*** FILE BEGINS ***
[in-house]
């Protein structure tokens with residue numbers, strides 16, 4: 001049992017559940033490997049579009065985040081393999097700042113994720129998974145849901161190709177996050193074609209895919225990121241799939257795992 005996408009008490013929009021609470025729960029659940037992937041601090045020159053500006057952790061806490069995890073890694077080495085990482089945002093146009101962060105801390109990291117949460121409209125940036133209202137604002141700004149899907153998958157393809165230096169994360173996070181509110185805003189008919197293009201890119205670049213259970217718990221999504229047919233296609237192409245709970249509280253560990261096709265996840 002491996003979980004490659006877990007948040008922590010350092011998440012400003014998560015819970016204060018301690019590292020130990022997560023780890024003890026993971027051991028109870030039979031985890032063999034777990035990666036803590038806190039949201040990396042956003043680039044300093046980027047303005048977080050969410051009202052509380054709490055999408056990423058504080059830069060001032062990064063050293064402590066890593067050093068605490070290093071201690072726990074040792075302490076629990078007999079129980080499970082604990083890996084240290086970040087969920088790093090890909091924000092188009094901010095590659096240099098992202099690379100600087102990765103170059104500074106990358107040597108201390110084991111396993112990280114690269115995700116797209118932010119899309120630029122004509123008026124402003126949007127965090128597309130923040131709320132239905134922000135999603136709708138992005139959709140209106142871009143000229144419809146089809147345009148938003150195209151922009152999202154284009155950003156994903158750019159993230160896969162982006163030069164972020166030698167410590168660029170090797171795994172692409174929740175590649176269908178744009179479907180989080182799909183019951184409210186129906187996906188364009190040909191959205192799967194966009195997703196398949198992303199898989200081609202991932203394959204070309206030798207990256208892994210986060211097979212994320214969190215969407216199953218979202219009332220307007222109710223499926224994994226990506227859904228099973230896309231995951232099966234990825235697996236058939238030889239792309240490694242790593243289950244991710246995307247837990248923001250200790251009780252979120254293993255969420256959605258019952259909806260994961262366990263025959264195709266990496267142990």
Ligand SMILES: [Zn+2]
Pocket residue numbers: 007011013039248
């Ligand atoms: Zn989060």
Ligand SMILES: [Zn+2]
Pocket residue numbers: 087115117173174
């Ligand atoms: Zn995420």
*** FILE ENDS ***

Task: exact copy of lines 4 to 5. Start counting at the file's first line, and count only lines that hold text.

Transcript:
Pocket residue numbers: 007011013039248
């Ligand atoms: Zn989060």